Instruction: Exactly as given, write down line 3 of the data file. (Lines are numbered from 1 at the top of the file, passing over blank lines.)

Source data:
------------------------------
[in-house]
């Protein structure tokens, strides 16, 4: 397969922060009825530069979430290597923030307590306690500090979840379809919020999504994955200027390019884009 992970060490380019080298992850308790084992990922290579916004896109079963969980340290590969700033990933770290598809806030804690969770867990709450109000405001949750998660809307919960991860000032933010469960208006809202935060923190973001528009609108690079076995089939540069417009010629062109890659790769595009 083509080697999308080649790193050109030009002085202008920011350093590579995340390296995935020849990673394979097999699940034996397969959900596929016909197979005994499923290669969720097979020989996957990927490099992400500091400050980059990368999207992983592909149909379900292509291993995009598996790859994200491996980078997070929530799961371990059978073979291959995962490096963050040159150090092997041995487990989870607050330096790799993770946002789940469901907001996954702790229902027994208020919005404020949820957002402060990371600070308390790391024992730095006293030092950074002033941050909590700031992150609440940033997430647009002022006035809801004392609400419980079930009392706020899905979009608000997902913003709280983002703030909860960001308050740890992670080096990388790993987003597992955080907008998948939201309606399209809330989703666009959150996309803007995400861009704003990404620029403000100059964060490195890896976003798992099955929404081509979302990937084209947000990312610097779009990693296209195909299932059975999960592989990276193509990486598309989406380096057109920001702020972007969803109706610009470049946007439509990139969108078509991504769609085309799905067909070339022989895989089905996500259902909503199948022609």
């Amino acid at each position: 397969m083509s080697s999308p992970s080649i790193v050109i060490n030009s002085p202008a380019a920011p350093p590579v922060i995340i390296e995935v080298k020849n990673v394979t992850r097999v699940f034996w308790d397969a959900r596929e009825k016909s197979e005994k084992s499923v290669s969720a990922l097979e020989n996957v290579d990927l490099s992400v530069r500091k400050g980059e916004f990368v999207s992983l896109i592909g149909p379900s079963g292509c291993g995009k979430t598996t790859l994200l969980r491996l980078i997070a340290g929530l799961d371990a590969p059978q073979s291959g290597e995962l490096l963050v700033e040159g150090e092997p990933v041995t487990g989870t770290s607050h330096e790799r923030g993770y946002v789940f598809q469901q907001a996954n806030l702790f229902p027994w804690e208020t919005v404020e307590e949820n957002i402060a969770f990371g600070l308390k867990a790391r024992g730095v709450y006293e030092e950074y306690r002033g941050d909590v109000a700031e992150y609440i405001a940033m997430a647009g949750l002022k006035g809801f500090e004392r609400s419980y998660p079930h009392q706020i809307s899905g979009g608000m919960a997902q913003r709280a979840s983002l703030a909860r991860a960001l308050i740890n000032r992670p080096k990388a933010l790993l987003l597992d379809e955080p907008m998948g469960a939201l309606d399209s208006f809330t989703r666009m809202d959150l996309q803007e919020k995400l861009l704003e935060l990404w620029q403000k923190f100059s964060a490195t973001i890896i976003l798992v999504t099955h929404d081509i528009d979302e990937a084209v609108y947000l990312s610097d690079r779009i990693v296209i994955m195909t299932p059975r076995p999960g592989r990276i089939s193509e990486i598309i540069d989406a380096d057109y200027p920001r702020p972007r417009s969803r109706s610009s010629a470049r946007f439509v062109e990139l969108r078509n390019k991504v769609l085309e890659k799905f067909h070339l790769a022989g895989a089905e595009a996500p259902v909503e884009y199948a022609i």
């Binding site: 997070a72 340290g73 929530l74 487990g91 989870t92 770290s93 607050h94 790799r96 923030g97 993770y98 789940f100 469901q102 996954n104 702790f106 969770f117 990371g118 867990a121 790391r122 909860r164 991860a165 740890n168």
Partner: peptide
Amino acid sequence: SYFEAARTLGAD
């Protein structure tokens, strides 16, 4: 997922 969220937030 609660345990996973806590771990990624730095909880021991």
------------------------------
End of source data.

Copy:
């Amino acid at each position: 397969m083509s080697s999308p992970s080649i790193v050109i060490n030009s002085p202008a380019a920011p350093p590579v922060i995340i390296e995935v080298k020849n990673v394979t992850r097999v699940f034996w308790d397969a959900r596929e009825k016909s197979e005994k084992s499923v290669s969720a990922l097979e020989n996957v290579d990927l490099s992400v530069r500091k400050g980059e916004f990368v999207s992983l896109i592909g149909p379900s079963g292509c291993g995009k979430t598996t790859l994200l969980r491996l980078i997070a340290g929530l799961d371990a590969p059978q073979s291959g290597e995962l490096l963050v700033e040159g150090e092997p990933v041995t487990g989870t770290s607050h330096e790799r923030g993770y946002v789940f598809q469901q907001a996954n806030l702790f229902p027994w804690e208020t919005v404020e307590e949820n957002i402060a969770f990371g600070l308390k867990a790391r024992g730095v709450y006293e030092e950074y306690r002033g941050d909590v109000a700031e992150y609440i405001a940033m997430a647009g949750l002022k006035g809801f500090e004392r609400s419980y998660p079930h009392q706020i809307s899905g979009g608000m919960a997902q913003r709280a979840s983002l703030a909860r991860a960001l308050i740890n000032r992670p080096k990388a933010l790993l987003l597992d379809e955080p907008m998948g469960a939201l309606d399209s208006f809330t989703r666009m809202d959150l996309q803007e919020k995400l861009l704003e935060l990404w620029q403000k923190f100059s964060a490195t973001i890896i976003l798992v999504t099955h929404d081509i528009d979302e990937a084209v609108y947000l990312s610097d690079r779009i990693v296209i994955m195909t299932p059975r076995p999960g592989r990276i089939s193509e990486i598309i540069d989406a380096d057109y200027p920001r702020p972007r417009s969803r109706s610009s010629a470049r946007f439509v062109e990139l969108r078509n390019k991504v769609l085309e890659k799905f067909h070339l790769a022989g895989a089905e595009a996500p259902v909503e884009y199948a022609i």